Will Lee Enterprises-Alden Fight Come To Symbolize Newspaper Industry's Failure To Act?

This report is an updated version of one that was published on Dec. 2.

The fight for control of Lee Enterprises continues. Just last week, the battle took another turn when the Delaware Chancery Court ruled that Lee was justified in rejecting nominees from the hedge fund Alden Global Capital to Lee’s board of directors.

The court ruled that Lee’s board “acted reasonably in enforcing a validly adopted bylaw with a legitimate corporate purpose.” It said that Alden “could easily have met the bylaw’s form requirements had it not delayed” in preparing its nomination notice.

The bid to add directors came in November, and Lee, the Davenport, Iowa-based owner of 75 daily newspapers, dismissed what it called a “purported notice” by Alden to nominate three members. In response, Alden, which acquired the Tribune Company last year, owns more than 200 newspapers, and is notorious for stripping the media brands it acquires of reporters, editors and resources.



Now the court has rejected that suit. The board election is in just over two weeks, on March 10.

The larger context, though, is that Lee’s fierce opposition to Alden’s hostile takeover might end up being futile. Alden’s current offer is far lower than Lee thinks it should be, but that might change. In the end, shareholders have to go where the money is—and company executives and boards of directors have a fiduciary responsibility to do that as well.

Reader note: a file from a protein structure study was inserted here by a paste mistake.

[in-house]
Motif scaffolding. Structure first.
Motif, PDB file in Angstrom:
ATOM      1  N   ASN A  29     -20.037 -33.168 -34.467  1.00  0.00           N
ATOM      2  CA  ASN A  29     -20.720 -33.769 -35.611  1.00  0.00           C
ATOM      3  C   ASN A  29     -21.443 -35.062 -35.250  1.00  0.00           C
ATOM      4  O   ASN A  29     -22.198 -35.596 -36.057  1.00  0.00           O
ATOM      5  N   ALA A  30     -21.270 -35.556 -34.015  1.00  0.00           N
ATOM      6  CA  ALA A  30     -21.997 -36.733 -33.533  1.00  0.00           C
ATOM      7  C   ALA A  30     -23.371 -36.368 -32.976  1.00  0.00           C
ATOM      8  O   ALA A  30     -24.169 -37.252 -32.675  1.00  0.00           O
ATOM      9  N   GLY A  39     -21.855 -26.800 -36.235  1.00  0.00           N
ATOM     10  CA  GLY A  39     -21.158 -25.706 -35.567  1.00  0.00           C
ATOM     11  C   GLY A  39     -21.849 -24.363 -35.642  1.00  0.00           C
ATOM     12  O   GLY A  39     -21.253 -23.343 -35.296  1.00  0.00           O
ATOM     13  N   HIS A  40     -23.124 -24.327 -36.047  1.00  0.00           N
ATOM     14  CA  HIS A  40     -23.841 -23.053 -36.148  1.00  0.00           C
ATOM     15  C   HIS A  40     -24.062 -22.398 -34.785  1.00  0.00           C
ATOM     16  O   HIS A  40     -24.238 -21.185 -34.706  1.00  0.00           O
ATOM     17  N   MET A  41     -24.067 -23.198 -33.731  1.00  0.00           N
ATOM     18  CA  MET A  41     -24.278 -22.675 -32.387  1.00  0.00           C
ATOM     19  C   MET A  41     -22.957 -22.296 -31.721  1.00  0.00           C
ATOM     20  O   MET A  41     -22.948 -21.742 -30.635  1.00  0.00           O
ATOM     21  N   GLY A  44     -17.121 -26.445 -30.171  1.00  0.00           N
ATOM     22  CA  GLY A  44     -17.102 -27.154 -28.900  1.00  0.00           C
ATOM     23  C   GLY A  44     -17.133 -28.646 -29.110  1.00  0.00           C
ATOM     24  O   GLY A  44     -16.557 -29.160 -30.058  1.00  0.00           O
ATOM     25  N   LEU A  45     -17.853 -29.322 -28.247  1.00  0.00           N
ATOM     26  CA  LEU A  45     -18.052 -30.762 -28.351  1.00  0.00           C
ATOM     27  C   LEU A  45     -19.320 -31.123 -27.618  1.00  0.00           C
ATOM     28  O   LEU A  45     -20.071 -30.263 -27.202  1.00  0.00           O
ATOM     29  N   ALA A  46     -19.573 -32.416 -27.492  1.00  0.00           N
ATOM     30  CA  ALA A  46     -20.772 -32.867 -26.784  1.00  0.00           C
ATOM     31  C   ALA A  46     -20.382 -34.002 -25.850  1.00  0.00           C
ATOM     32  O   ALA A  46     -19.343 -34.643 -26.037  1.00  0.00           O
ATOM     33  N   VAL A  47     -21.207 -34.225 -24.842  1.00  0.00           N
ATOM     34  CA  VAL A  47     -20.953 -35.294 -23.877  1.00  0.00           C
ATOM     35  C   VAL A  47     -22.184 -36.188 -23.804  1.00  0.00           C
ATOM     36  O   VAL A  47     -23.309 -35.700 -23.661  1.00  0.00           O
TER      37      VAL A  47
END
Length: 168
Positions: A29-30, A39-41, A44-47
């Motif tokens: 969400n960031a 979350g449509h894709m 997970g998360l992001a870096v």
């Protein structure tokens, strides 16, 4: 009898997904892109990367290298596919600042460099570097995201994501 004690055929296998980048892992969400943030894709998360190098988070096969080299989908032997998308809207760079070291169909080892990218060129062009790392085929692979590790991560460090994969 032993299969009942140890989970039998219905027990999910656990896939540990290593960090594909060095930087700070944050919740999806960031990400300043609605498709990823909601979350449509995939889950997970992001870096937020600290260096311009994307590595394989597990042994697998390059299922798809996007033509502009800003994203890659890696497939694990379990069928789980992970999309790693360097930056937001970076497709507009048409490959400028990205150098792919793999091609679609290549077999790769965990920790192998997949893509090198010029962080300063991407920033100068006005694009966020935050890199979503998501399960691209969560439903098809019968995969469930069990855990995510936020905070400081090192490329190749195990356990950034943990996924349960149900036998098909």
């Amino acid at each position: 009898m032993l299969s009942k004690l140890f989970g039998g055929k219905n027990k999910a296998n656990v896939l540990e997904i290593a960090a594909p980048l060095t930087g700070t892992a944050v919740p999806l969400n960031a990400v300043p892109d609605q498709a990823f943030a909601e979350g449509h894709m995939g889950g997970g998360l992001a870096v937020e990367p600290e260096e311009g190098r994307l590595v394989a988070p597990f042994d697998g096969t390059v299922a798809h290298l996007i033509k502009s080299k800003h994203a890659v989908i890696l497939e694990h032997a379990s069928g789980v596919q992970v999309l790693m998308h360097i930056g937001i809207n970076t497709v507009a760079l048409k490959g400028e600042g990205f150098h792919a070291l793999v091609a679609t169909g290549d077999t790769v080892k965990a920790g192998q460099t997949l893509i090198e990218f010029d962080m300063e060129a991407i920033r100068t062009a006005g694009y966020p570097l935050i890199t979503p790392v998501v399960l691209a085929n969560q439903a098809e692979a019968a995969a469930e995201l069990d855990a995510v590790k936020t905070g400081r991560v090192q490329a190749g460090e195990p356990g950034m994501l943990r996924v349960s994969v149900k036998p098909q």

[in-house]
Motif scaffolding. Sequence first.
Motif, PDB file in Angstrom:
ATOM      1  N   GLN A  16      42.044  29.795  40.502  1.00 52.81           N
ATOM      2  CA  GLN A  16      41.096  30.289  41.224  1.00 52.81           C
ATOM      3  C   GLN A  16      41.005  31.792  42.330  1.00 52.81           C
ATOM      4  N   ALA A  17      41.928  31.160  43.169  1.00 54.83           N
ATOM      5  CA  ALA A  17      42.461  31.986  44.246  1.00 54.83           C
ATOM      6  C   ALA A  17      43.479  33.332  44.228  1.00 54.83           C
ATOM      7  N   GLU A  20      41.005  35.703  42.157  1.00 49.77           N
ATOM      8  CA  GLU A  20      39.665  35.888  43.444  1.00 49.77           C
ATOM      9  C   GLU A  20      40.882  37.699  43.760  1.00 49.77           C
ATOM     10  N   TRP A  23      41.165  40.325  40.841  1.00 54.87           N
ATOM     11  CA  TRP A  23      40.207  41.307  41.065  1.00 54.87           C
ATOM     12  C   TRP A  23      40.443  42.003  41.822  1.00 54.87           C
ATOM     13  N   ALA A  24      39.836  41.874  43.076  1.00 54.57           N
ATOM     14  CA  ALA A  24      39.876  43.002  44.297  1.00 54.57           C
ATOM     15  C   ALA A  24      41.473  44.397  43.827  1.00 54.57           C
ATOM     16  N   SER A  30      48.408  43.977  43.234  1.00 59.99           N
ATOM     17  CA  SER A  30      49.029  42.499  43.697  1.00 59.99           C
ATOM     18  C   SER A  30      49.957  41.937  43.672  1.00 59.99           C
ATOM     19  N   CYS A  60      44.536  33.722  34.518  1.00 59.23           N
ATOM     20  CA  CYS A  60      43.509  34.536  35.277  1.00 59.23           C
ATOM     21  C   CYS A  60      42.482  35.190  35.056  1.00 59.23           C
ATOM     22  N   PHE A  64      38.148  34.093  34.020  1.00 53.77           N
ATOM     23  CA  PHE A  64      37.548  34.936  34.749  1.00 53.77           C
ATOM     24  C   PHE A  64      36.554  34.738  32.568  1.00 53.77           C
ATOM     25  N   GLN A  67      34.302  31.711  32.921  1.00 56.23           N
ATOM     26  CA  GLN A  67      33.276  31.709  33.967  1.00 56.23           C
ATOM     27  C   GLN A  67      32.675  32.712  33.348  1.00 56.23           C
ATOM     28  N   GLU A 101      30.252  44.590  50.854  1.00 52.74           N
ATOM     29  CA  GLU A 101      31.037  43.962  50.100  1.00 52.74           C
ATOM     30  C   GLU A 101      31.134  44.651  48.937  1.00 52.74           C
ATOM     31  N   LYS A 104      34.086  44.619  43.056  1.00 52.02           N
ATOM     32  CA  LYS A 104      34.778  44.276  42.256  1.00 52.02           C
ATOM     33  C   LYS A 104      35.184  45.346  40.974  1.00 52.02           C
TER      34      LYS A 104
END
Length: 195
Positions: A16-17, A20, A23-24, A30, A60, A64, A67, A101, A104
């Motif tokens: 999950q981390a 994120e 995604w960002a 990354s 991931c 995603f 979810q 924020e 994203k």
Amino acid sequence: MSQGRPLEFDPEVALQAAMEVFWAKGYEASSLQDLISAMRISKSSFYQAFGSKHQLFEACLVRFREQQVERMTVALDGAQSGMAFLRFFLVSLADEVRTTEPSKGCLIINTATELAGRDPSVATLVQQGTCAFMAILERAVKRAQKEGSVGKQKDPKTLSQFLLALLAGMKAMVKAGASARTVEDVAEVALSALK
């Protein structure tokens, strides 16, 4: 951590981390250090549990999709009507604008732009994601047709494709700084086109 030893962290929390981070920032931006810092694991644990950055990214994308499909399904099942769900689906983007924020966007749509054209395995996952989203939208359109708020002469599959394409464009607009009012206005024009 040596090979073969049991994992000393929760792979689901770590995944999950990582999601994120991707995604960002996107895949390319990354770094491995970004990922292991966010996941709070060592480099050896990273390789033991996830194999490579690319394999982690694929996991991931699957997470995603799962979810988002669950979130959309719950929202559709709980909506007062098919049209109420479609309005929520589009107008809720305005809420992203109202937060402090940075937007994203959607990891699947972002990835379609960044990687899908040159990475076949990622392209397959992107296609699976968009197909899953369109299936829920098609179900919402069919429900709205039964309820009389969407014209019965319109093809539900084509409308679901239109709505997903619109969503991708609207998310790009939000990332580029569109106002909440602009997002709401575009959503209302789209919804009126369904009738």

Twelve newsroom unions from some of Lee’s most prominent newspapers, including the Omaha World-Herald, The Buffalo News and the Richmond-Times Dispatch, wrote a letter last year urging the rejection of Alden’s bid. In the letter, the unions noted a comment from Alden saying the takeover bid is a reaffirmation of its commitment to the newspaper industry. “That is a bold-faced lie,” the letter stated. “Look to the many examples of newsrooms now operated by Alden, and you will find not one that is better position to serve its community.”

Alden, the letter continues, has cut staffs at twice the rate of its competitors. It’s created untenable workplaces that make it impossible to retain talent. It has closed physical newsrooms, leaving reporters to work from their cars.

As impassioned and compelling as that letter was, it’s sort of become a standard component in the process of Alden takeovers. Journalists mount desperate attempts to stop the takeover. They create fact-finding websites. They release letters. They band together to seek other ownership options. The lobby boards of directors and local entrepreneurs. Then Alden gets what it wants anyway.

Perhaps the tide will turn at some point. After all, newspapers enjoyed decades of monopoly status in their served markets. Until they didn’t.

Newspapers exploited reporters, underpaying them while maximizing profits. They responded with monumental ineptitude to the rise of the internet. To this day, most newspaper websites continue to be a rude joke on readers, swirling and flashing with invasive and intrusive ads, obscuring the content to the point that the reader gives up.

As important as journalism is to democracy, newspaper owners rarely did the right thing when they had a chance. Now they all see Alden Global Capital in their rearview mirrors, gaining on them fast.

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